Abkhazia is heading back to the polls for a run-off vote to elect a new parliament on Sunday, March 26.
This article was prepared by Hromadske's partners Jam News.
Two thirds of all the parliament seats are up for grabs, too many to allow one to predict results of the election with any degree of certainty. Competition is close, and passions are running very high, with the result that the media coverage of the campaign has sounded more like a crime wrap-up over the past week.
First, someone set fire to a car owned by Batal Aiba, a candidate running in a Sukhum constituency. Then, a car belonging to another candidate, Kakha Pertaia who is competing to represent the Gal District in the parliament, was shot at. Supreme court judge Temur Shonia’s car was the next to be targeted by arsonists. While no evidence has been found to directly link these incidents to the forthcoming vote, they’ve fitted into the broader picture of election tensions perfectly well.
President Raul Khajimba has responded to the incidents by calling on the public “not to fall for the provocations”.
“Supporters of certain candidates use dirty tricks and put pressure on the voters. They have stopped at nothing to get their way. They’ve been using bribes, lies and disinformation to get rid of their rivals.”
Only twelve out of the Abkhaz parliament’s 35 seats were taken in the first round of the election on March 12, leaving 22 single-member constituencies unclaimed. The fight had been unsparing, as even some of the most prominent candidates had lost their bids.
The political figures who failed to make it into the parliament are: former PM Sergei Shamba, speaker of the current parliament Valery Bganba, ex foreign minister Vyacheslav Chirikba and ex finance minister Beslan Kubrava.
As these “stars” fell, another effectively shot up – Alexander Ankvab, once president of Abkhazia and now its main opposition player, got himself elected.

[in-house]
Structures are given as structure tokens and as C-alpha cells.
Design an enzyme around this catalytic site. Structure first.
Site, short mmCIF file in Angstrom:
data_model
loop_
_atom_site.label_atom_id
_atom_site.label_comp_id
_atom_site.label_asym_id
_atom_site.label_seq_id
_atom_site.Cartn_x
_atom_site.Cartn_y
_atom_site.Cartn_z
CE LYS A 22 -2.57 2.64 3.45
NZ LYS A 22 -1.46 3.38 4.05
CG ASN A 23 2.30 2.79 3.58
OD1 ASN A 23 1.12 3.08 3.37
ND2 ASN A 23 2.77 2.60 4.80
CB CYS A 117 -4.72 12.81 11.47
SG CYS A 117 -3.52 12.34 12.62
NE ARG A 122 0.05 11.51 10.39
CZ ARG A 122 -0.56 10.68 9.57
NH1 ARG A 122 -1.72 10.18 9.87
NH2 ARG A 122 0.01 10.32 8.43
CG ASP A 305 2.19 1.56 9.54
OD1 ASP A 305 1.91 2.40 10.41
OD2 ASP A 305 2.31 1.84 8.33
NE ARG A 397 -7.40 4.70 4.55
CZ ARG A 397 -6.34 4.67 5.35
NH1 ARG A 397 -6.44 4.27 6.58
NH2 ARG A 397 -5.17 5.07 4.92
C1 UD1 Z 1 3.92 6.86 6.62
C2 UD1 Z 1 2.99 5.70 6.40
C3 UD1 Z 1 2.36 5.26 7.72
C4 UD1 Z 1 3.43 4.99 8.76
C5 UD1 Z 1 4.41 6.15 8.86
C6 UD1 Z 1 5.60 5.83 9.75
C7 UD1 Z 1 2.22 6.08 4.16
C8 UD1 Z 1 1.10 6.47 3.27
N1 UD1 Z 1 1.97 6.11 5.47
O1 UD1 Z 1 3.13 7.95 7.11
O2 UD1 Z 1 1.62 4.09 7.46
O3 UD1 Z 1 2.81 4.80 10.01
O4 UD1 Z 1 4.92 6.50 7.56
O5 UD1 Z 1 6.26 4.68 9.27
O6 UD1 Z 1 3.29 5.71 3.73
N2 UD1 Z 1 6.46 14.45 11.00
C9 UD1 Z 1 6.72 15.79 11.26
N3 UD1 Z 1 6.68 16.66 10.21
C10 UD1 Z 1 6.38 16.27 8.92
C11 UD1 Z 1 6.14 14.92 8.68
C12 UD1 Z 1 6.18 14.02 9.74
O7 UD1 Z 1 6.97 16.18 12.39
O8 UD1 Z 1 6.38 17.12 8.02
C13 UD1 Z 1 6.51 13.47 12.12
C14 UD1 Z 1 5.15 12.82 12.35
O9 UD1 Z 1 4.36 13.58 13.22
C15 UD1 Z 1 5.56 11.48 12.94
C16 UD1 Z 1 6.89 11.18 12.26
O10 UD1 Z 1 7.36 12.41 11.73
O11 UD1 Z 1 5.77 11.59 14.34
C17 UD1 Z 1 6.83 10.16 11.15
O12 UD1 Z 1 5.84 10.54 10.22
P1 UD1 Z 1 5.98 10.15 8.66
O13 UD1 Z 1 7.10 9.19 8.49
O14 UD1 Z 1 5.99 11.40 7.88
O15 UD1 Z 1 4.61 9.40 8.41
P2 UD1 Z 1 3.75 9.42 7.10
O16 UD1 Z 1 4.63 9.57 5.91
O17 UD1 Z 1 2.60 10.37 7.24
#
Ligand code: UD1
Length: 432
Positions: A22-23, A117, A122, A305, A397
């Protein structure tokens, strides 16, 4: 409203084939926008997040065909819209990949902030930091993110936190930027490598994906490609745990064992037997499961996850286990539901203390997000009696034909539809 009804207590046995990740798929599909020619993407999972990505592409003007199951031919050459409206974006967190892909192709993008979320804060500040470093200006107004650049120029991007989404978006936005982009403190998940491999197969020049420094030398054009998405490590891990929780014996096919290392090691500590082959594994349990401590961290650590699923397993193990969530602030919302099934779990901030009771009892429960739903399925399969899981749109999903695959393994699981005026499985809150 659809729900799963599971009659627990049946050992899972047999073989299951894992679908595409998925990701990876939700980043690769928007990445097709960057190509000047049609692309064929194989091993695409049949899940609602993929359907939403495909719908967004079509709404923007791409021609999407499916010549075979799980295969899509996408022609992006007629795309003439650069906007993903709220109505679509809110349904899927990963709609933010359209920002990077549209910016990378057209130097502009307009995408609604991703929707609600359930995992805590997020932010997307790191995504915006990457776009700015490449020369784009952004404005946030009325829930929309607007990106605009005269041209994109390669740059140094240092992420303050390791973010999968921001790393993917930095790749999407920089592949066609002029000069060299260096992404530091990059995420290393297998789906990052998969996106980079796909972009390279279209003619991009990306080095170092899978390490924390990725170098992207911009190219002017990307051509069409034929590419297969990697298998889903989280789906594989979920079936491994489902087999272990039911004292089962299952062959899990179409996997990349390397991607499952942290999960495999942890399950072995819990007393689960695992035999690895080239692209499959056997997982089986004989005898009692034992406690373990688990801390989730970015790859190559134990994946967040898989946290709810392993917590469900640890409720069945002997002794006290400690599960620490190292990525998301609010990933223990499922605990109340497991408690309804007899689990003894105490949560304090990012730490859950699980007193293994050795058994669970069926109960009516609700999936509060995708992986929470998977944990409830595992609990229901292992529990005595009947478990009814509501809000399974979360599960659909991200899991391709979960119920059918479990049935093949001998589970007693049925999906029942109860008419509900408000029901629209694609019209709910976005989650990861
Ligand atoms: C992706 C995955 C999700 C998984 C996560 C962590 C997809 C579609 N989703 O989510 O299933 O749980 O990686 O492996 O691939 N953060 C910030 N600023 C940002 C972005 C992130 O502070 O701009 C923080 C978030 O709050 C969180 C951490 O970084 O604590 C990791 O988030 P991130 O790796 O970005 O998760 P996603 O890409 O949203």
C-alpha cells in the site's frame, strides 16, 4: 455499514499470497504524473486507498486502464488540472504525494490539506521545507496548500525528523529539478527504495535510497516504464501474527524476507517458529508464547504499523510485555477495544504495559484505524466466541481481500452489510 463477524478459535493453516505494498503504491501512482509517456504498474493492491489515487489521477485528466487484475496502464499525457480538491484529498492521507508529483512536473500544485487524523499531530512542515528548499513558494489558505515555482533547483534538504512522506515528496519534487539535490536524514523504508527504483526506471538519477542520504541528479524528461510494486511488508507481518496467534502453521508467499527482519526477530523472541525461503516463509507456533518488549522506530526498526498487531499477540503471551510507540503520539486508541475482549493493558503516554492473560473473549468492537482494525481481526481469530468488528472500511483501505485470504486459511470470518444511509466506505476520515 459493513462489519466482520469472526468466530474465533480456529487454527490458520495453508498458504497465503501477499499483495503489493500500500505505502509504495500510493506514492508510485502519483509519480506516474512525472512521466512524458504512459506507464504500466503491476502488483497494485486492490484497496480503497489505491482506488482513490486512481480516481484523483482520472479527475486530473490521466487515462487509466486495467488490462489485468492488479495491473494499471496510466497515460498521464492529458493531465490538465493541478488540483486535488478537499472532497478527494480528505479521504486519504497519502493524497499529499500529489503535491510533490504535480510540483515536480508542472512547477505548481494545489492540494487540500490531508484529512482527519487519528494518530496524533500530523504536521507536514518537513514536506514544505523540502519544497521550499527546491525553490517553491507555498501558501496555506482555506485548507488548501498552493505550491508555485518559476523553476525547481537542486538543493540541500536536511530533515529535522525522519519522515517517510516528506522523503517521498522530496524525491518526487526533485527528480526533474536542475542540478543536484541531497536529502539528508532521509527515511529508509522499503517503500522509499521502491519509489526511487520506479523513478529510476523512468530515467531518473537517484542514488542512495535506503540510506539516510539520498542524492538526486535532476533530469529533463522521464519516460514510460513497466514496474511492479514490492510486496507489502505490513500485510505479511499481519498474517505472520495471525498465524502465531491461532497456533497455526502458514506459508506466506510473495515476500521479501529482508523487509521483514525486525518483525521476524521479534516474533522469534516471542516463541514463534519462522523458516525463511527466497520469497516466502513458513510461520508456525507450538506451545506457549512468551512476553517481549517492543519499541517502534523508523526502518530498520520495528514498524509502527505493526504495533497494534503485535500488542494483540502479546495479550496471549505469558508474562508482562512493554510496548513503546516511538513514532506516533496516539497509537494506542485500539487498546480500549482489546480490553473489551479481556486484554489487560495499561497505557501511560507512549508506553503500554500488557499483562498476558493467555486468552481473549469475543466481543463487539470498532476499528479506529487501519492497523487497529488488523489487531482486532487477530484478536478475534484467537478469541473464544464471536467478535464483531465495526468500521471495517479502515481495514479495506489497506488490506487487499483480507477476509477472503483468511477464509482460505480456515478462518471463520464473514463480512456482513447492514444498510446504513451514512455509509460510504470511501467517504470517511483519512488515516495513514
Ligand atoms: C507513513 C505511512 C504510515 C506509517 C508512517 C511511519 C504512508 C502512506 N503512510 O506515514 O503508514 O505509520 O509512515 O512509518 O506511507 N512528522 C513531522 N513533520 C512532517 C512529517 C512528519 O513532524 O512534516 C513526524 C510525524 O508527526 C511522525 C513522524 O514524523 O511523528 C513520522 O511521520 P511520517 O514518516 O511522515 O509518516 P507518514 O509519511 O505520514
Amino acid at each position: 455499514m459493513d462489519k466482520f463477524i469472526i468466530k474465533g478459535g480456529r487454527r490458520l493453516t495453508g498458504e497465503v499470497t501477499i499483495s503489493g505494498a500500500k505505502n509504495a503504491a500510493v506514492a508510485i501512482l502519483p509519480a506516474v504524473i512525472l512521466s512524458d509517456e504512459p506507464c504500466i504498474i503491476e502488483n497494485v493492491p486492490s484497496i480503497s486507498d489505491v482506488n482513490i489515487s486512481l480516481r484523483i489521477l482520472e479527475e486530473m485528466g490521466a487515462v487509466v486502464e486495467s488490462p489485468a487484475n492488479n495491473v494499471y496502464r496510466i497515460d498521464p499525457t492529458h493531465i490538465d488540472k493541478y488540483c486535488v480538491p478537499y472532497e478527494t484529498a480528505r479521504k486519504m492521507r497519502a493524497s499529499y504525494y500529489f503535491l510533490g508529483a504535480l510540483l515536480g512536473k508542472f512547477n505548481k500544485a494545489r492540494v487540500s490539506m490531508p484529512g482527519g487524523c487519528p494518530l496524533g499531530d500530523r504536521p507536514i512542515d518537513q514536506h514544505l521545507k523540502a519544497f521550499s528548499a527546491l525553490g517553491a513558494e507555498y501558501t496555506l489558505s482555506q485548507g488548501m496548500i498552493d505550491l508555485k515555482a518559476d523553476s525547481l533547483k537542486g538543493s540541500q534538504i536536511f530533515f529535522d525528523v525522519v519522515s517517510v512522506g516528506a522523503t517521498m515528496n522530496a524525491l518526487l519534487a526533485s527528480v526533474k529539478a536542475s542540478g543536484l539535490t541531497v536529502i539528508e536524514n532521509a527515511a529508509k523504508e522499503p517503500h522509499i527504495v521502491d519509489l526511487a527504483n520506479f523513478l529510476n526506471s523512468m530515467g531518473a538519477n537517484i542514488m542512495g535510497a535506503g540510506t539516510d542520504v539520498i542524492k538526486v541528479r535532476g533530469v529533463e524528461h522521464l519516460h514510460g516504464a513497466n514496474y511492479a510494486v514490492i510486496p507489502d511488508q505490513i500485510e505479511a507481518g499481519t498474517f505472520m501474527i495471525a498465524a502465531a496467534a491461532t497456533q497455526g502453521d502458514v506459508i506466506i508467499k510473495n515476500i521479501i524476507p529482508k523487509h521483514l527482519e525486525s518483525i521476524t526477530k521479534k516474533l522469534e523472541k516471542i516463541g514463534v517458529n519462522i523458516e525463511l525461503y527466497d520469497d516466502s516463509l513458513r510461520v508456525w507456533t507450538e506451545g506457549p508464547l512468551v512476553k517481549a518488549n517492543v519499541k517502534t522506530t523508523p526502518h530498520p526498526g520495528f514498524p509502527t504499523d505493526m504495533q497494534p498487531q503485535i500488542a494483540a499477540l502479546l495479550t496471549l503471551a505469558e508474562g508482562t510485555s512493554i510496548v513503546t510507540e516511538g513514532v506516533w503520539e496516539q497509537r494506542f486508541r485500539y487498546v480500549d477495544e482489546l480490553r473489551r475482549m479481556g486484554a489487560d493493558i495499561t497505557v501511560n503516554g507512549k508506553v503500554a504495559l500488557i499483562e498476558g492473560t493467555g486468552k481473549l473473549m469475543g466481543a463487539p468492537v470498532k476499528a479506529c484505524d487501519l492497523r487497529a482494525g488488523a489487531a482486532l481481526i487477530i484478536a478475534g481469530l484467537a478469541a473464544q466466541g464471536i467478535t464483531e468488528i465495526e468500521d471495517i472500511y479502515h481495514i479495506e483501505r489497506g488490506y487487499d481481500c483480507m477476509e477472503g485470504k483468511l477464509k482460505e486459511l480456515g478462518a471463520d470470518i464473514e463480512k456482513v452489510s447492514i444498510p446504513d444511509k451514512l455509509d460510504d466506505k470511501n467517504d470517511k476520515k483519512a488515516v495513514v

Having the opposition leader in the parliament, what is it to the government?
Ankvab has been “trending” for the past two and a half years, that is ever since he resigned as president late in May of 2014, succumbing to pressure from the opposition that was rallying outside his presidential palace at the time, and fled to Moscow.
A chance for Ankvab to reset his political career, his membership in the parliament is also likely to become an invigorating, refreshing experience for the legislature itself.
It’s hardly disputable that with someone like Alexander Ankvab as its member the parliament will have a better chance of attracting the public eye than without him. Consequently, it might give new impetus to the relations between the parliament on the one hand and the executive power and president on the other.
Possible scenarios for how the situation might further unfold are many, I think. Ankvab may end up playing a destructive role in Abkhazia, or else it may be a constructive role. It will depend on him, on how he goes about building his political career.
Notably, Ankvab’s political comeback is a challenge for the Abkhaz opposition almost as much as it is a challenge for the government.
Having its own leader in the parliament, what is it to the opposition?
An opposition leader must be someone who can offer a promise of political continuity. Ankvab won’t be able to run for president in the next presidential election in 2019, because he turns 65 on December 26 this year (the maximum age to become president of Abkhazia).
And even should an early presidential election be called this year, Ankvab wouldn’t be able to participate, after having lived in Moscow for the past two-plus years. This leaves him with either having to nurture a successor or attempting to change the government system to hand the key decision-making powers over to, say, the prime minister, a post for which the constitution sets no age limits.
The second round race: who runs and what should we expect?
However, a change of government system is unlikely, no matter what the outcome of the second round will be.
Rivalries – within both the government and opposition – are too strong for a consensus to be reached that would lead to a replacement of the current presidential system of government. They can’t agree who to bet on in an election, let alone act single-mindedly when far more important things are at stake.
Indeed, neither the government nor the opposition has been able to consolidate around a single candidate.
As a result, two high-profile candidates from Raul Khajimba’s ‘camp’ will be racing against each other in one of the constituencies in Sukhum – former vice prime minister Shamil Ardzinba and head of a parliament committee Valery Agrba.
In the Atar constituency, opposition leader Aslan Bzhania who won 35 percent of the vote in the latest presidential election will be pitted out against another opposition figure Temur Kvitsinia, a protégé of Alexander Ankvab.
Not a single political force is going to enjoy a “controlling interest” in the new parliament. Which means the new legislature will be more representative and effective than the old one.
For once there is a chance for us to shed the street-savvy ways of dealing with political issues and start solving them civilly, in the parliament.
by Inal Khashig